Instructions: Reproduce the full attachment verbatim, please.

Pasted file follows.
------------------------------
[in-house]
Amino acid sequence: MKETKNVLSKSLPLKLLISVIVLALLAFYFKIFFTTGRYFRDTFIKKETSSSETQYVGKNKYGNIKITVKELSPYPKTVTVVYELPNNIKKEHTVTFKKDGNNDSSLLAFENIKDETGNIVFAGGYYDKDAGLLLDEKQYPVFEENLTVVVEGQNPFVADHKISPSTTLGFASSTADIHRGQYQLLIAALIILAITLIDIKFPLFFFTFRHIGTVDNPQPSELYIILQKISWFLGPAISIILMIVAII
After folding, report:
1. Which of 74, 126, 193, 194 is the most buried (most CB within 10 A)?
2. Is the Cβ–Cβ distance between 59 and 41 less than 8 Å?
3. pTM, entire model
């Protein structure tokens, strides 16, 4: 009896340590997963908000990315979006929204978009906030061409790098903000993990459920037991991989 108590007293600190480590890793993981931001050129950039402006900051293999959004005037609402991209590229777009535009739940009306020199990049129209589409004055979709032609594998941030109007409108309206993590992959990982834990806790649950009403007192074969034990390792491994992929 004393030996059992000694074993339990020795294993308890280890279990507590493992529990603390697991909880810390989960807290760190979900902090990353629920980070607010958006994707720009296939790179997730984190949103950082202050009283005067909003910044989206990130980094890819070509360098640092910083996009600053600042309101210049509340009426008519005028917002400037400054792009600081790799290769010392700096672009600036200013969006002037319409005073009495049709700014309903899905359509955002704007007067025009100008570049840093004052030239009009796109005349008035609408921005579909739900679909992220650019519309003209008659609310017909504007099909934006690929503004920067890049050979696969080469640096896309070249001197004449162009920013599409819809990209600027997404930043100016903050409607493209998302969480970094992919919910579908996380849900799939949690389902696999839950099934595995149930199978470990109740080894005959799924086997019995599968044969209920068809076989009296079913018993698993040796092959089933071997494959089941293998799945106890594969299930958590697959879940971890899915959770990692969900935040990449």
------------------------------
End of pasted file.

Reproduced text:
[in-house]
Amino acid sequence: MKETKNVLSKSLPLKLLISVIVLALLAFYFKIFFTTGRYFRDTFIKKETSSSETQYVGKNKYGNIKITVKELSPYPKTVTVVYELPNNIKKEHTVTFKKDGNNDSSLLAFENIKDETGNIVFAGGYYDKDAGLLLDEKQYPVFEENLTVVVEGQNPFVADHKISPSTTLGFASSTADIHRGQYQLLIAALIILAITLIDIKFPLFFFTFRHIGTVDNPQPSELYIILQKISWFLGPAISIILMIVAII
After folding, report:
1. Which of 74, 126, 193, 194 is the most buried (most CB within 10 A)?
2. Is the Cβ–Cβ distance between 59 and 41 less than 8 Å?
3. pTM, entire model
């Protein structure tokens, strides 16, 4: 009896340590997963908000990315979006929204978009906030061409790098903000993990459920037991991989 108590007293600190480590890793993981931001050129950039402006900051293999959004005037609402991209590229777009535009739940009306020199990049129209589409004055979709032609594998941030109007409108309206993590992959990982834990806790649950009403007192074969034990390792491994992929 004393030996059992000694074993339990020795294993308890280890279990507590493992529990603390697991909880810390989960807290760190979900902090990353629920980070607010958006994707720009296939790179997730984190949103950082202050009283005067909003910044989206990130980094890819070509360098640092910083996009600053600042309101210049509340009426008519005028917002400037400054792009600081790799290769010392700096672009600036200013969006002037319409005073009495049709700014309903899905359509955002704007007067025009100008570049840093004052030239009009796109005349008035609408921005579909739900679909992220650019519309003209008659609310017909504007099909934006690929503004920067890049050979696969080469640096896309070249001197004449162009920013599409819809990209600027997404930043100016903050409607493209998302969480970094992919919910579908996380849900799939949690389902696999839950099934595995149930199978470990109740080894005959799924086997019995599968044969209920068809076989009296079913018993698993040796092959089933071997494959089941293998799945106890594969299930958590697959879940971890899915959770990692969900935040990449």